Pet farm animals are susceptible to disease. No one disagrees with that. That those animals can get and spread the disease must be taken into account, but there is sensitivity to that. I was delighted to hear about Bella and Pippa and am very pleased that they did not have to be culled. I understand that people get attached to their pet animals in the same way that the hon. Member for Congleton is attached to her pet cat. I also have a pet cat. That only brings in leaves and twigs. That is the difference between a New Labour cat and a Conservative cat: the hon. Lady's cat has been causing carnage.

The sensitivity on culling goes beyond pet animals. There are difficulties in the definition of a pet animal and of sanctuaries. There are issues about rare breeds and important blood lines of herds spanning generations. There are sensitivities involved in cases such as Oaklands Park. We recognise all those.

I would like an element of flexibility in the setting of standards. The risk assessment that the RSPCA was asking for is not unreasonable. We can give guidance on appeals to the deputy veterinary manager. The fact that Bella and Pippa were spared through an appeal to the deputy veterinary manager shows that the appeal system works.

Issues of biosecurity and risk were taken into account during the last epidemic, and there is no reason why we cannot do that again.During the passage of the Bill, I seek to make the measures better and more transparent, to explain them and to involve the farming industry and the public in the consultation on how to achieve those aims.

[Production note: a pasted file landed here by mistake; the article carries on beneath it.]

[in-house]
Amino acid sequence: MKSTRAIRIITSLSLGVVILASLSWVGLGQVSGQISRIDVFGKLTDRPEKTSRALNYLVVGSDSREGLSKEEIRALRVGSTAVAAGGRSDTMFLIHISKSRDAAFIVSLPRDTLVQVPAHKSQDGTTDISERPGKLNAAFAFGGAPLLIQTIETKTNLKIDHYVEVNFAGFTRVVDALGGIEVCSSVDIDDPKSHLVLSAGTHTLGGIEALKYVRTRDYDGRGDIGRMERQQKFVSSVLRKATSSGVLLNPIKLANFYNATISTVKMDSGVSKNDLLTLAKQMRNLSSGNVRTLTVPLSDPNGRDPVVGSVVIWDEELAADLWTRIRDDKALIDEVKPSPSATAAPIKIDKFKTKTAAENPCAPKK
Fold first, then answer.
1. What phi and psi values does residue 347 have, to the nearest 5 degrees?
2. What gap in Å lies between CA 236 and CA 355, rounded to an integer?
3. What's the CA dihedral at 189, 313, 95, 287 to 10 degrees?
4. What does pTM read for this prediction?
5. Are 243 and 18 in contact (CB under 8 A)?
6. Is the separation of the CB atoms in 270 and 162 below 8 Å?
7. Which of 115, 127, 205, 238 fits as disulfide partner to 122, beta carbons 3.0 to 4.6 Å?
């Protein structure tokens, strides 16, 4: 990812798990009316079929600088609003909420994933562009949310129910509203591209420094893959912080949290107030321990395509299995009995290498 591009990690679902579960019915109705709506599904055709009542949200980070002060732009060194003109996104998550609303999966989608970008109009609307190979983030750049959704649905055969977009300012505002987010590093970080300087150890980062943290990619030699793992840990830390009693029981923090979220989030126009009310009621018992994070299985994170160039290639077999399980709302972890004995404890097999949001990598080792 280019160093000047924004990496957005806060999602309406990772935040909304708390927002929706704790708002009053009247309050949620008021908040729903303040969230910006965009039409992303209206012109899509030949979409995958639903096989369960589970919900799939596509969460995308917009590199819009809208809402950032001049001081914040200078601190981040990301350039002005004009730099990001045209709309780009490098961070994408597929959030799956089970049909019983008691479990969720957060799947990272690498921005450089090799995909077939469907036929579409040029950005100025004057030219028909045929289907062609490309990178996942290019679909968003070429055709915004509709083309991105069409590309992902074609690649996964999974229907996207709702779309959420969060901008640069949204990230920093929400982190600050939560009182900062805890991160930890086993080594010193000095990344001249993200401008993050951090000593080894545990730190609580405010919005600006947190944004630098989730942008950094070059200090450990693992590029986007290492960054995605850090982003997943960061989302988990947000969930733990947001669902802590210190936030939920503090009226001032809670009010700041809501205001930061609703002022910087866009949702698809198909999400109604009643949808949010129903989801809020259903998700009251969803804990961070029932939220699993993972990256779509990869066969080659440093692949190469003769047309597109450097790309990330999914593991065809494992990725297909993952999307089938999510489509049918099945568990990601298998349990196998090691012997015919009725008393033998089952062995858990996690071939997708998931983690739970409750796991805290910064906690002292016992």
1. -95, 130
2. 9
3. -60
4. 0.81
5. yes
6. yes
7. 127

Mrs. Browning: I am sure that Mr. and Mrs. Bennett will be pleased that the Minister shares our joy that their pets have been spared.

Forgive me if I am just being a cynical old politician, but I must point out one or two other factors to the Minister. We were just going into the first week of the general election campaign, and the decision by the Minister to spare those animals was preceded by two weeks of constant campaigning by newspapers, by me and by the local community. I do not know how typical that will be of situations in future, but I do not think that the decision was totally unrelated to the election campaign.

Mr. Morley: There were many cases where appeals to the deputy veterinary manager were upheld; that is not the only one. Sixteen premises, including Oaklands Park, made appeals to the DVM. There was a time lag in the appeals. Logically, the number of outbreaks of the disease in the Forest of Dean had to be taken into account. My hon. Friend the Member for Forest of Dean made representations to me as a Minister. Our vets decided that, given the decline in the number of outbreaks and the increased capacity of blood testing, all those farms in her constituency would be blood tested rather put into the contiguous cull. That is another example of how reasonable standards can be applied in a logical, common-sense way to exempt such premises. I am glad that those premises were exempted. That is the issue that we need to address: how can that be achieved in a reasonable way?

Mrs. Winterton: The Minister is pouring oil on troubled waters yet again. Oaklands Park has featured in this debate on animal sanctuaries, although it is a commercial farm. Is the Minister aware that it took legal action? It did not have a cosy chat with the deputy veterinary manager. Well, it did initially, but then it had to go to court, and so did many other farmers. It was an expensive route and took up a lot of energy. In the end, a lot of the farming community gave into the bullying by the Department for Environment, Food and Rural Affairs, and complied with the contiguous cull.